University students may be at increased risk of infection because of living and working in close proximity to one another. Hand washing is widely considered the most effective method of preventing the spread of infectious illness. Exploring the determinants of hand washing is vital to the development of interventions to increase this behaviour. A survey based on Social Norms Theory assessed hand washing frequency and perceptions of peer hand washing in 255 students at a Scottish University. Participants reported their own hand washing frequency and rate, and how often they thought their peers washed their hands in particular circumstances, to determine whether misperceptions around hand washing exist in a UK student population, and whether these influence the behaviour of individuals. Gender was found to be a significant determinant of hand washing frequency as females reported washing their hands significantly more often than males. Participants also believed they washed their hands significantly more frequently than their peers. Perceived peer hand washing frequency was significantly correlated with participants’ own behaviour. This effect was seen in overall hand washing and in food, waste and illness-related hand washing. These results suggest perceived social norms around hand washing have a consistent and robust association with individual behaviour. An intervention based on Social Norms Theory may, therefore, be effective in increasing hand washing in a student population, reducing infection spread and illness rates within this group. Future research might test the effectiveness of a social norms intervention in other settings which carry an increased risk of infection spread, for example schools, hospitals and care homes.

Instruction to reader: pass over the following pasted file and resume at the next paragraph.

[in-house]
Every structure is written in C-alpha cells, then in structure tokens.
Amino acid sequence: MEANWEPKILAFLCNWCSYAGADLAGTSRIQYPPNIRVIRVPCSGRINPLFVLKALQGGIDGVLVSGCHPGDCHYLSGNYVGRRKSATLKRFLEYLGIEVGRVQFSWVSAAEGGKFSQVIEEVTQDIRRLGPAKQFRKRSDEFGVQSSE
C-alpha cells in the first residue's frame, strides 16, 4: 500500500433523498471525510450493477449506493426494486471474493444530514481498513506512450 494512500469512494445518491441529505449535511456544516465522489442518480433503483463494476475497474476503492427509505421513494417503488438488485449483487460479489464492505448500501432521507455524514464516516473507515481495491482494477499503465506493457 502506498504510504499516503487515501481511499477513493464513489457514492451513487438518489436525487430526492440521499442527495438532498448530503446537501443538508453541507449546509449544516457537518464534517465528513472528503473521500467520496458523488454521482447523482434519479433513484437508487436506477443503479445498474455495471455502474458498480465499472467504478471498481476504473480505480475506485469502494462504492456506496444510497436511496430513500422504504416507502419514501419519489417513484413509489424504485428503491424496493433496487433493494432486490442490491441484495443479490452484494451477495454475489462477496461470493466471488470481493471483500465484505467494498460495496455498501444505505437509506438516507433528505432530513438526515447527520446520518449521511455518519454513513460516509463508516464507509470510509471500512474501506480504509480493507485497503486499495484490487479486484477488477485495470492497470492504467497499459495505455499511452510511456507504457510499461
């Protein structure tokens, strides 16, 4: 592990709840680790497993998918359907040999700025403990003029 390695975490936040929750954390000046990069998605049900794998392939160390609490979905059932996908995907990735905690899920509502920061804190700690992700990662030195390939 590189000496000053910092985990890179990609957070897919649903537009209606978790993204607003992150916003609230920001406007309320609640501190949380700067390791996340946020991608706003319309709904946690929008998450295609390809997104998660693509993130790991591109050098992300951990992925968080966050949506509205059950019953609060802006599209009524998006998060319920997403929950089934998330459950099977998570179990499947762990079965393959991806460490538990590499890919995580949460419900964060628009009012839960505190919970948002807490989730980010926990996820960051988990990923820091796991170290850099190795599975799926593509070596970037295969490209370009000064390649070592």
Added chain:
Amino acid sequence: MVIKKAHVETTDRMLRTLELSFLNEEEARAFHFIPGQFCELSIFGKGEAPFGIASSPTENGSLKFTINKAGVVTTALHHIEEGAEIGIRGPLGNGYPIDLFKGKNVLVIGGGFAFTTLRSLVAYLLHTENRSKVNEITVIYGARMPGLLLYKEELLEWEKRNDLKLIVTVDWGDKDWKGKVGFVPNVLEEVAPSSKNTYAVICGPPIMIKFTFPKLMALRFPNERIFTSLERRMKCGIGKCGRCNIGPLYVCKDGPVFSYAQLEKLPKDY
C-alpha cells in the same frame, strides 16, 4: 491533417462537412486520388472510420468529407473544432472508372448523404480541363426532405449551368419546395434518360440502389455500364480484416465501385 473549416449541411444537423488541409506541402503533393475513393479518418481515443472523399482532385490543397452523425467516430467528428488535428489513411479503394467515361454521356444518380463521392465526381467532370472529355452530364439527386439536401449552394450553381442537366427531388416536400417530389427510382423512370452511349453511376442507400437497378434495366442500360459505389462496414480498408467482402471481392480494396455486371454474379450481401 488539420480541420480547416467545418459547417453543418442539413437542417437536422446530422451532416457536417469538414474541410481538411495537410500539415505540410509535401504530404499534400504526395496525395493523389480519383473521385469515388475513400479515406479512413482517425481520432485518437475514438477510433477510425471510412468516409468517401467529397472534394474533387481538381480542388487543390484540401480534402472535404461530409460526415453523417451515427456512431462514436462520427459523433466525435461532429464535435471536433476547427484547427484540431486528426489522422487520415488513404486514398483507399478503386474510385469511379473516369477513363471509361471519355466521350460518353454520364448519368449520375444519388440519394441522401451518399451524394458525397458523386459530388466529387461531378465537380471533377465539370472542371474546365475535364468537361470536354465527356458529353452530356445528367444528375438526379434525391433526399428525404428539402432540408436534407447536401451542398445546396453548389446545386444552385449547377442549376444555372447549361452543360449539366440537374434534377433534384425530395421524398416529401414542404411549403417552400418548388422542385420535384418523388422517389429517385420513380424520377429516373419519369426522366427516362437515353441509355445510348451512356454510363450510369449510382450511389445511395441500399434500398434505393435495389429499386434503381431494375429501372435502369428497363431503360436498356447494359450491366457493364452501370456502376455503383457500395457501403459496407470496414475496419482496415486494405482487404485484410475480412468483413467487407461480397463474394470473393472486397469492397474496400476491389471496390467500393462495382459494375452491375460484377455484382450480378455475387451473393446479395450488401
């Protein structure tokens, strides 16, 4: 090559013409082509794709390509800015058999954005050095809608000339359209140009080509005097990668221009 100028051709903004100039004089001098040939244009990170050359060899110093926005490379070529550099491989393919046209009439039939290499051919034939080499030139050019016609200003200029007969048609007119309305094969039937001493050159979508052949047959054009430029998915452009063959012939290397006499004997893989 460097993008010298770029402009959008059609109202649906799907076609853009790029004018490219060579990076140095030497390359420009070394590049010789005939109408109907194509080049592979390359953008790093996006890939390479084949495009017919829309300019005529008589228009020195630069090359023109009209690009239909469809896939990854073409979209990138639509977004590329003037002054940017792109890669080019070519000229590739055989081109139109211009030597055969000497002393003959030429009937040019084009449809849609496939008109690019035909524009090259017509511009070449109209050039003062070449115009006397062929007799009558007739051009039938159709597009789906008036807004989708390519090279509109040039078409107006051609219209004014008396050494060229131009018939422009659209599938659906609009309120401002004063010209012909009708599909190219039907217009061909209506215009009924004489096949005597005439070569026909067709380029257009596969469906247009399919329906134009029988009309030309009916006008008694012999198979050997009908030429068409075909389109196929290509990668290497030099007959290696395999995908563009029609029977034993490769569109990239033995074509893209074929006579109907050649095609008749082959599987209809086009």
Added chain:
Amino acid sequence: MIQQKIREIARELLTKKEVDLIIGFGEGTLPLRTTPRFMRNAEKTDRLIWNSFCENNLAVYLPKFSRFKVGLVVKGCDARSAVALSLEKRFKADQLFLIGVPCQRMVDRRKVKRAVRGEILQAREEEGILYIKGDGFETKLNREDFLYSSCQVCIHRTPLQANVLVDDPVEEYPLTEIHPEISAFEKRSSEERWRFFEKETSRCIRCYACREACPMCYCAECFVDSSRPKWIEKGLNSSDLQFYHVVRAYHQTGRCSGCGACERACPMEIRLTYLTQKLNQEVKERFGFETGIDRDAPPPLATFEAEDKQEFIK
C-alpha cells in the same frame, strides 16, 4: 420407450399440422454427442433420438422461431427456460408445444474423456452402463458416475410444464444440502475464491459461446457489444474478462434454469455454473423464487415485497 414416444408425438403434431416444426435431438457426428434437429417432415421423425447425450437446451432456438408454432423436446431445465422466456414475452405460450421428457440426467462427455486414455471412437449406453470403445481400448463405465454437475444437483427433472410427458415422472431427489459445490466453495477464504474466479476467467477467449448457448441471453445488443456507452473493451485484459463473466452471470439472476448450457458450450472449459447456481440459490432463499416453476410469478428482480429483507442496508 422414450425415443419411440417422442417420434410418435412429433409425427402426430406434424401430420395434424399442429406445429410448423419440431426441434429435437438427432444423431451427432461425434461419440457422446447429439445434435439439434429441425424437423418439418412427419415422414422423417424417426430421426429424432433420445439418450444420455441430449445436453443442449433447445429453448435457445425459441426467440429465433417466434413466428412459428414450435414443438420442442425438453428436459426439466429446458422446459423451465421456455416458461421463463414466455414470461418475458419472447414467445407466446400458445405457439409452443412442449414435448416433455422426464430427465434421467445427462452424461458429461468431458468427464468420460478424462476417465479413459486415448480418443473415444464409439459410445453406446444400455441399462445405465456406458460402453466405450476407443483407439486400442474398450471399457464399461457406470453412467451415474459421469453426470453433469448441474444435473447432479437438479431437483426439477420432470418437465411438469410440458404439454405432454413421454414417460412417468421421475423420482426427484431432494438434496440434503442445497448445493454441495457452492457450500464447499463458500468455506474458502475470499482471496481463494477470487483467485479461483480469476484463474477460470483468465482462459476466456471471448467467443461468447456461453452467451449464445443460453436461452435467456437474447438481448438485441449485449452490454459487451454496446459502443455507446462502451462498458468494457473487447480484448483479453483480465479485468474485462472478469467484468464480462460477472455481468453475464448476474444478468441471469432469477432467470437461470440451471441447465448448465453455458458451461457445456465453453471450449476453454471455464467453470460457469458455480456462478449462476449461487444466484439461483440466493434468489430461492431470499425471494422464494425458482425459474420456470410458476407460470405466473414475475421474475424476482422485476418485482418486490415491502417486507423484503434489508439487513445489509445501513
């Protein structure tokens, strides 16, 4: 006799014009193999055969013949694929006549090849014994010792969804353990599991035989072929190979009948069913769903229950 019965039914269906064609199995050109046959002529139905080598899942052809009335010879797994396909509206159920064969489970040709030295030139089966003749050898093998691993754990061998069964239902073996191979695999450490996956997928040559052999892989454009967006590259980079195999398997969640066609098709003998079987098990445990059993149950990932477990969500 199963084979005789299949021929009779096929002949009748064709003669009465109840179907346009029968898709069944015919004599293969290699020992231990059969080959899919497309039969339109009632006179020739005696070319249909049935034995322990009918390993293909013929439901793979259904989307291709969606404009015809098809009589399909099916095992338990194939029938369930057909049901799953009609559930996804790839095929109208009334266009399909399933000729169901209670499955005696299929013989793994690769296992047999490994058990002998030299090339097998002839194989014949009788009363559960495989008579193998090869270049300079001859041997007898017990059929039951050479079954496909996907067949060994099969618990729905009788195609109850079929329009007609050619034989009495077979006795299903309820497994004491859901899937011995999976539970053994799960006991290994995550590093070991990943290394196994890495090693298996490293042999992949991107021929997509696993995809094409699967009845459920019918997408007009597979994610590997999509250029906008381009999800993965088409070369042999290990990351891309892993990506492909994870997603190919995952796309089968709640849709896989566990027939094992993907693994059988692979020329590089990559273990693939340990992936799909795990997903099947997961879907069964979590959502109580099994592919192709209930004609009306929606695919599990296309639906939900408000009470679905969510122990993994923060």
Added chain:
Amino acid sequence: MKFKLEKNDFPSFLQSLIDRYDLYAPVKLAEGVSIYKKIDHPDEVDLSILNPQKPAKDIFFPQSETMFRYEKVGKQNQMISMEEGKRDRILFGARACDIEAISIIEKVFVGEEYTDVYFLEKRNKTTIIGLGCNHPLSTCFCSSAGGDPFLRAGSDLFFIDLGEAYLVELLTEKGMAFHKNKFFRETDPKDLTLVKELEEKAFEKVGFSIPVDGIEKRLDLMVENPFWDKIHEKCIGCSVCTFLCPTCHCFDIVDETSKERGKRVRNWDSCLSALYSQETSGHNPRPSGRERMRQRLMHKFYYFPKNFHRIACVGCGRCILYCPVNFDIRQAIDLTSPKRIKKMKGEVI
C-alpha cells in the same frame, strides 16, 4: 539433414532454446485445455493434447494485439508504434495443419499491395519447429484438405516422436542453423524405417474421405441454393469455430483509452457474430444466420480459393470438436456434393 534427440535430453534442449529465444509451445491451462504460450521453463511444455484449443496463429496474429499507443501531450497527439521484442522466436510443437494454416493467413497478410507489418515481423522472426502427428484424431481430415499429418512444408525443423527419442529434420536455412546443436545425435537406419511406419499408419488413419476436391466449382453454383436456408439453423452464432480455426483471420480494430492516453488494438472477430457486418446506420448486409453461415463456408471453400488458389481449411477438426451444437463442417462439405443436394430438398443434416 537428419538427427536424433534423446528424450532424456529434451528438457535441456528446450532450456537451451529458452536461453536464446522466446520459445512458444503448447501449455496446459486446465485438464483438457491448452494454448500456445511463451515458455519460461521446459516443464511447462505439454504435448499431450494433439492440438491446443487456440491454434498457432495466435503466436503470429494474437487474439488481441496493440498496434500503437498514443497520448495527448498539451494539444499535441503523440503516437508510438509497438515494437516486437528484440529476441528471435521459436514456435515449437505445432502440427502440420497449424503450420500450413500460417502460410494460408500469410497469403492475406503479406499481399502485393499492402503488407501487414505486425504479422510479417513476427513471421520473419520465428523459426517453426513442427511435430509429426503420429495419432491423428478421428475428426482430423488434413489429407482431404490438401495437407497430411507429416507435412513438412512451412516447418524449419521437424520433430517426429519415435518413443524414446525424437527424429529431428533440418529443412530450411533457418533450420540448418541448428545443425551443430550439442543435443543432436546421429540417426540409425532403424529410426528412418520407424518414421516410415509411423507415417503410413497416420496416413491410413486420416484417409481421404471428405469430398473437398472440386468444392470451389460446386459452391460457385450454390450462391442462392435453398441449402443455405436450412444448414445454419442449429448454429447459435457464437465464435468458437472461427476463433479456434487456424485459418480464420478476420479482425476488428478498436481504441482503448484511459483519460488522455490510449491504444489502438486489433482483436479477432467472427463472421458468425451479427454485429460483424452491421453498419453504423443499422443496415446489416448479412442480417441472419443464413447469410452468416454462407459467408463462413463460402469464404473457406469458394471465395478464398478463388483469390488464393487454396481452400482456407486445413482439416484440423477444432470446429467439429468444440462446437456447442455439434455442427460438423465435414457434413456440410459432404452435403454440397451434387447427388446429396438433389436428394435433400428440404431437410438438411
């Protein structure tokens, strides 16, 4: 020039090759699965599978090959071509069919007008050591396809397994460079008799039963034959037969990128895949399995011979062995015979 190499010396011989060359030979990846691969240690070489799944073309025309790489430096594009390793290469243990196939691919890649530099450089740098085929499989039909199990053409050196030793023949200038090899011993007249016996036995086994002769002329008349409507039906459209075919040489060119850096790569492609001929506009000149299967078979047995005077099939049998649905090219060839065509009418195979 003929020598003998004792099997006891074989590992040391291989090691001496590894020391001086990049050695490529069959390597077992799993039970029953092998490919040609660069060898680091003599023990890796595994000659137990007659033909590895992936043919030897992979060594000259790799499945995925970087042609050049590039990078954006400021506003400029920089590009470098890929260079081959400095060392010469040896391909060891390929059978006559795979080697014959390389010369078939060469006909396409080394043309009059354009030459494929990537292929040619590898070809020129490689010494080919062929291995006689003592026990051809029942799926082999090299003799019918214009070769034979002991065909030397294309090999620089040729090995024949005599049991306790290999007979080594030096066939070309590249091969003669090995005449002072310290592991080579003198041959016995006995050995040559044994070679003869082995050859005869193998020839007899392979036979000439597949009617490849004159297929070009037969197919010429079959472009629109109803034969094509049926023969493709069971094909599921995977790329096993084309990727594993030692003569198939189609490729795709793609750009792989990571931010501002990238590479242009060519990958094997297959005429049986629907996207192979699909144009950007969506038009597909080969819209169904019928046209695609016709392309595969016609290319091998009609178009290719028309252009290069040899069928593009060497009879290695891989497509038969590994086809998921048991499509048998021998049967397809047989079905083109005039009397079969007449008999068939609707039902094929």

- social norms theory
- health behaviour